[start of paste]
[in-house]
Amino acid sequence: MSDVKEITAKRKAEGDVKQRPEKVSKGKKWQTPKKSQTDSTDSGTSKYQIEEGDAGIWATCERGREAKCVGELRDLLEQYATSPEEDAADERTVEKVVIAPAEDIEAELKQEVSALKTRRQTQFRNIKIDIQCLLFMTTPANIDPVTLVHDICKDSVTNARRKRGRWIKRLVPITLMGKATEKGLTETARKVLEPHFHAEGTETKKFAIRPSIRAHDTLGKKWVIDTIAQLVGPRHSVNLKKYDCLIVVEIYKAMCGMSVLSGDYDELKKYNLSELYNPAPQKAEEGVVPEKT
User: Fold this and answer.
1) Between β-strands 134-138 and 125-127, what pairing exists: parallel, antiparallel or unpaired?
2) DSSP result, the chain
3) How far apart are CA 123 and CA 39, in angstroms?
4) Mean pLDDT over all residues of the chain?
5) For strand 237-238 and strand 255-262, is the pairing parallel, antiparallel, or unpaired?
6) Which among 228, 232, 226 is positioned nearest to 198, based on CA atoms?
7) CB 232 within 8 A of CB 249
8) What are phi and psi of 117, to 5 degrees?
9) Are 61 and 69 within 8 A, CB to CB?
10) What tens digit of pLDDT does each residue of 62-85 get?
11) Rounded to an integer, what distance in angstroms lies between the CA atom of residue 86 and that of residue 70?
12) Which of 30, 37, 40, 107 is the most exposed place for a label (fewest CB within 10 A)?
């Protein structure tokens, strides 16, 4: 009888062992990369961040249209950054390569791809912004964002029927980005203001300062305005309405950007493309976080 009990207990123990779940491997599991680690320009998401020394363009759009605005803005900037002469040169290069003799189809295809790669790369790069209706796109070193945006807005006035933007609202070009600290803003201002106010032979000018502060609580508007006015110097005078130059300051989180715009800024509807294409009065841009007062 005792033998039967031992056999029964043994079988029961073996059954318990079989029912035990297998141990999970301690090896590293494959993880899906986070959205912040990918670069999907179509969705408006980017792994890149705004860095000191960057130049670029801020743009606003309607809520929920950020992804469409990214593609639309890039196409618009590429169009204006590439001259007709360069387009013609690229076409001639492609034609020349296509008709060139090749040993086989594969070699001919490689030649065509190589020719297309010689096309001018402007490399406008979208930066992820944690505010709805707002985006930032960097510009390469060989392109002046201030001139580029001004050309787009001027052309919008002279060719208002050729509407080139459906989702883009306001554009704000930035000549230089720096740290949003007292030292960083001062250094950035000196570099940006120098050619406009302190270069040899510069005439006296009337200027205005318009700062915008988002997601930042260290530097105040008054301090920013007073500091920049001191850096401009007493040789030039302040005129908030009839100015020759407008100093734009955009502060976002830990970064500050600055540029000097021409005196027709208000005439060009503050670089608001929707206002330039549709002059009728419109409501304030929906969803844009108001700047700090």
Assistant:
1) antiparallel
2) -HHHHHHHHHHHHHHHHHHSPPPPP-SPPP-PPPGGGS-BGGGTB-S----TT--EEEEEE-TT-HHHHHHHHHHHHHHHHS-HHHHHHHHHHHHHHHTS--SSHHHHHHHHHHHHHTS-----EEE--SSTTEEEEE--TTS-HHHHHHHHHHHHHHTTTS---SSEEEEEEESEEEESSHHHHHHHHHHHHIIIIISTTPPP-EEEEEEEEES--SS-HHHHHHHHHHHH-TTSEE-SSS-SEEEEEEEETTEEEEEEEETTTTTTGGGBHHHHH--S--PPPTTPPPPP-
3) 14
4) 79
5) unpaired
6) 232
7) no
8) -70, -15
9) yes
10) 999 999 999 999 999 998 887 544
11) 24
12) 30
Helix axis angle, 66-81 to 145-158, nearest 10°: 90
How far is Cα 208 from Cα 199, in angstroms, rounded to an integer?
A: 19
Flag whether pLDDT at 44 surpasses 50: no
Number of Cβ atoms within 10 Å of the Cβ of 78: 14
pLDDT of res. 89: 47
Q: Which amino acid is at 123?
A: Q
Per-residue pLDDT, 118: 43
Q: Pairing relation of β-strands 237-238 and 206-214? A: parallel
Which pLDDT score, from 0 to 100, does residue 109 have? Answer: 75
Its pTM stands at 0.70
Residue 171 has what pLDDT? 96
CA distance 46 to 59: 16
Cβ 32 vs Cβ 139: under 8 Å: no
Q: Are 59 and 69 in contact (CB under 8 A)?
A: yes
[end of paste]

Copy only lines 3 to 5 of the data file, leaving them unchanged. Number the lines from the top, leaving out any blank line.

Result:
User: Fold this and answer.
1) Between β-strands 134-138 and 125-127, what pairing exists: parallel, antiparallel or unpaired?
2) DSSP result, the chain